Manchin lobbying White House on ‘totally unreasonable’ coal standards

Sen. Joe Manchin (D-W.Va.) led a delegation of state officials, mine industry representatives and union officials to the White House Thursday to lobby the administration to adopt more coal-friendly policies.

(Joshua Roberts/Reuters) (Joshua Roberts/Reuters)

During the nearly hour-long meeting Thursday morning with Environmental Protection Agency administrator Gina McCarthy and White House legislative affairs director Miguel Rodriguez, Manchin and others argued the EPA needed to scale back its plans to impose stricter rules on both the burning and disposal of coal. Other attendees included West Virginia Gov. Ray Tomblin (D), Rep. Nick Jo Rahall (D-W.Va.) and representatives from the United Mine Workers and the National Mining Association.

In an interview, Manchin said he was particularly concerned with the administration's proposal to impose the first-ever greenhouse gas emissions limit of new power plants, which EPA is set to re propose in September.

"We don't have the technology to meet the standards," he said. "If it's unattainable, it's totally unreasonable."

The group invited McCarthy to visit West Virginia so she could see first-hand how her agency's policies were affecting the state's coal industry. Manchin, who voted against McCarthy's confirmation, said he found her more inclined "to be pragmatic" compared to her predecessor Lisa P. Jackson, but said it was unclear whether the administration would shift its approach toward coal, whose combustion is the leading source of greenhouse gas emissions in the United States.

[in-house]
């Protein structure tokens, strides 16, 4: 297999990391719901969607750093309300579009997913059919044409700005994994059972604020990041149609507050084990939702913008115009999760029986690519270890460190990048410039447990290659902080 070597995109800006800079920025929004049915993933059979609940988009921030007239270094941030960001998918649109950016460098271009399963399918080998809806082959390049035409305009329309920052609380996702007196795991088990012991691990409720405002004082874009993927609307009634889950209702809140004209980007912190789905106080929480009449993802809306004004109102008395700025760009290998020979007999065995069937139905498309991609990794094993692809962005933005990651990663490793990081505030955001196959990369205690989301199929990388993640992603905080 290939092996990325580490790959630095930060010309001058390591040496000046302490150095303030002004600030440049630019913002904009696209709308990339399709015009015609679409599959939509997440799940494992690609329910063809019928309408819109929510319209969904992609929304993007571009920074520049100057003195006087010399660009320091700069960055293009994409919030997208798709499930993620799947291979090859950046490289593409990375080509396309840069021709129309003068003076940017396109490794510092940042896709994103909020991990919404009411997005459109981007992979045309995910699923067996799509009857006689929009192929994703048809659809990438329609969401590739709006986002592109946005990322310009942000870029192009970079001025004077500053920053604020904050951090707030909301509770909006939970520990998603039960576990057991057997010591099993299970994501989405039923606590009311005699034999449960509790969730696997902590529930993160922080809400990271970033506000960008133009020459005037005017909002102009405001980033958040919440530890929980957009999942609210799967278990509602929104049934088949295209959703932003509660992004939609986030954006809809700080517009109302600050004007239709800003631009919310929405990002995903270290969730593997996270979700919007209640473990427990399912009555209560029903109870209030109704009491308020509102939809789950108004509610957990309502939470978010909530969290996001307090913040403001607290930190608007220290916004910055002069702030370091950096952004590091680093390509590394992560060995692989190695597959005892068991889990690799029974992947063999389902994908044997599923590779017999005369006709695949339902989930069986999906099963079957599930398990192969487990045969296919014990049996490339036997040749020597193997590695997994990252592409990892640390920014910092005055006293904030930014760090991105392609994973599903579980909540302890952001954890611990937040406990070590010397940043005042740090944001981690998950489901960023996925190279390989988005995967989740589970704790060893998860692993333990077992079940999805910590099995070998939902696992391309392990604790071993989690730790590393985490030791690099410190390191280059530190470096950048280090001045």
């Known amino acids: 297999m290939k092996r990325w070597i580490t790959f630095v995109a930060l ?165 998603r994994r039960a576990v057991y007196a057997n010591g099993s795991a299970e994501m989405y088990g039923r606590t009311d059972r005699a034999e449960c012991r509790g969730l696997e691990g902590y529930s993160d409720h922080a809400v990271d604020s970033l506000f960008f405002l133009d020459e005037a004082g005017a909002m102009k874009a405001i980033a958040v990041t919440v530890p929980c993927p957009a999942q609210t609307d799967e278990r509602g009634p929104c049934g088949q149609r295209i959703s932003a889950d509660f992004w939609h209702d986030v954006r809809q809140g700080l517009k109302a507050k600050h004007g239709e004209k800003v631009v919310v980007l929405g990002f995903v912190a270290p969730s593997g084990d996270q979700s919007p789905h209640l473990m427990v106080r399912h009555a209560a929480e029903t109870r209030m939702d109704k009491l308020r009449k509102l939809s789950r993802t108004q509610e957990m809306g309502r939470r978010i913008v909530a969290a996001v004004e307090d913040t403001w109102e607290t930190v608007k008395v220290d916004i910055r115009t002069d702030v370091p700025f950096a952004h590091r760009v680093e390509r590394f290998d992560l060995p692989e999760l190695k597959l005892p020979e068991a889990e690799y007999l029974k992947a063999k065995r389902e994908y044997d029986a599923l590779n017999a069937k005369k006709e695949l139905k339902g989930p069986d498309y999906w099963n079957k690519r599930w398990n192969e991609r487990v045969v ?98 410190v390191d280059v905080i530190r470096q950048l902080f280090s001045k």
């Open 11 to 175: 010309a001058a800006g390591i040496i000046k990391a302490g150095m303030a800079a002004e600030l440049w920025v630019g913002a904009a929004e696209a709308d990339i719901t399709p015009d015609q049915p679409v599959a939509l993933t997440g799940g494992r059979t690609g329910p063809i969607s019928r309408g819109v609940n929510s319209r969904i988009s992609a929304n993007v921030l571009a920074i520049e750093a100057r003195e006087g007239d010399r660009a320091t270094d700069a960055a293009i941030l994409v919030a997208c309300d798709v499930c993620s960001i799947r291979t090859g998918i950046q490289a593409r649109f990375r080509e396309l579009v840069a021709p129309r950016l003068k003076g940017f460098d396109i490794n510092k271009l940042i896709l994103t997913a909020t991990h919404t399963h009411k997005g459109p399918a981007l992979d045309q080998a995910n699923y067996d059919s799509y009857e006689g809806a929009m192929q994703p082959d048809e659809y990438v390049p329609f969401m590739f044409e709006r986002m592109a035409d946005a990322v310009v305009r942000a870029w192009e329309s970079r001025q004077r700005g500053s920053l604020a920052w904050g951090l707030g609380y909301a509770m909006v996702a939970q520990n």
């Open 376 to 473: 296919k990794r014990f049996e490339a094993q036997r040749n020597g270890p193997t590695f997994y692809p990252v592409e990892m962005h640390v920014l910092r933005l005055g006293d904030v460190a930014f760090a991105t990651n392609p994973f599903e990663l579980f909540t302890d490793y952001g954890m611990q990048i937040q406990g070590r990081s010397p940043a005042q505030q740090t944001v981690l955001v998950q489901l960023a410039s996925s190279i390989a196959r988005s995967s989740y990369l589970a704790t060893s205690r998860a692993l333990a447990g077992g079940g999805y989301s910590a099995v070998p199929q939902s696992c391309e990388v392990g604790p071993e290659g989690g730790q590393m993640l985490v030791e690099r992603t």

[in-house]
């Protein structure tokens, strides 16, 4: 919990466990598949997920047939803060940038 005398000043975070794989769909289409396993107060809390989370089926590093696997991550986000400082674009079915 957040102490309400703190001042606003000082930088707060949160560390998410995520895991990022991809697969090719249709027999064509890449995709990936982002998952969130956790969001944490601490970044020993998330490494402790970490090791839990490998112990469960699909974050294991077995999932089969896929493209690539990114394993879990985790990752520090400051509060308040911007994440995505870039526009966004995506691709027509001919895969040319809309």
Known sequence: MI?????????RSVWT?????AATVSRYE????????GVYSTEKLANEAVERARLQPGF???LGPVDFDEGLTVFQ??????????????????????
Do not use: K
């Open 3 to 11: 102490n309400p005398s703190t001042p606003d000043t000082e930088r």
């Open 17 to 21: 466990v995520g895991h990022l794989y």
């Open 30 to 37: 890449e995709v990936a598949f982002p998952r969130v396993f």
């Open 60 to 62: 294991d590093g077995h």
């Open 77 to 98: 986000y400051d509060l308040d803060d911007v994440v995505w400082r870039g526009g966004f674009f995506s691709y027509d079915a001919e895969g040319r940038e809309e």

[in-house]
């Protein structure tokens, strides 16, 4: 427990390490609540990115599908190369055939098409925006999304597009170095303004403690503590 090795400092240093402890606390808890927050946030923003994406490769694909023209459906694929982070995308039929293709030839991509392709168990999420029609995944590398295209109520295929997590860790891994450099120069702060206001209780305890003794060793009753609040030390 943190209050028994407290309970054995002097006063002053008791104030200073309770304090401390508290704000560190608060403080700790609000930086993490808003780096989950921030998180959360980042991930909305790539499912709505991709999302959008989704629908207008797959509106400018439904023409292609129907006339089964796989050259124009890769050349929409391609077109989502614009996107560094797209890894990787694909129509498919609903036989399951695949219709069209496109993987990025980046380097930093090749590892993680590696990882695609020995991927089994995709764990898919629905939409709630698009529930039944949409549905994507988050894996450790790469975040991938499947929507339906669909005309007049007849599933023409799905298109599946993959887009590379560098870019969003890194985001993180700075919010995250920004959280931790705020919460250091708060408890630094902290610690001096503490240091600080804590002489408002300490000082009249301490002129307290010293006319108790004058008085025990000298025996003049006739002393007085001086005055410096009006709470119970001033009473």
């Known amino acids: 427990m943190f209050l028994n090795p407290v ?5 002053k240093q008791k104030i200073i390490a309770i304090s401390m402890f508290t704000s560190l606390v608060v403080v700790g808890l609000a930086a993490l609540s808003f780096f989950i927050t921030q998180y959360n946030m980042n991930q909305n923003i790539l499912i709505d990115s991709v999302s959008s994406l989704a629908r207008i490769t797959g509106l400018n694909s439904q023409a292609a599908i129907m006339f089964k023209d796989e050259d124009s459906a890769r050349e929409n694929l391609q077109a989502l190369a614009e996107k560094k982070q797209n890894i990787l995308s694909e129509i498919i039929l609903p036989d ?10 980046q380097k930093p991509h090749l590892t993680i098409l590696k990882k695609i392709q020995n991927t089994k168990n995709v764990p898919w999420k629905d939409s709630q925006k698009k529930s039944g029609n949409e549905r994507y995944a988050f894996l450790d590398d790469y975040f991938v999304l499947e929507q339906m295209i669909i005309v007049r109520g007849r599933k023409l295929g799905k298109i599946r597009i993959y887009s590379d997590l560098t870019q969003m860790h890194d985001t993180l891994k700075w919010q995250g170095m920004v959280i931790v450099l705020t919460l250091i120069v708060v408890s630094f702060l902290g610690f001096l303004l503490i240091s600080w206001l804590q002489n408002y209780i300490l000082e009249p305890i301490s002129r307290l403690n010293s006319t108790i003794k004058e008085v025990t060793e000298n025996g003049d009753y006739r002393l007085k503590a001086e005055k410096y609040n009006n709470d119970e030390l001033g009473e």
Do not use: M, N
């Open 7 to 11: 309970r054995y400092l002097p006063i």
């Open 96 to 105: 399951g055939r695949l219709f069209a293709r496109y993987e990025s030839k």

"We'll have to see how it plays out," he said, adding that when it comes to the administration's current policy, "They're using every tool they have to destroy the most abundant, reliable and affordable resource that we have."

EPA spokeswoman Alisha Johnson called it "a good and productive meeting."

Juliet Eilperin is The Washington Post's White House bureau chief, covering domestic and foreign policy as well as the culture of 1600 Pennsylvania Avenue. She is the author of two books—one on sharks, and another on Congress, not to be confused with each other—and has worked for the Post since 1998.



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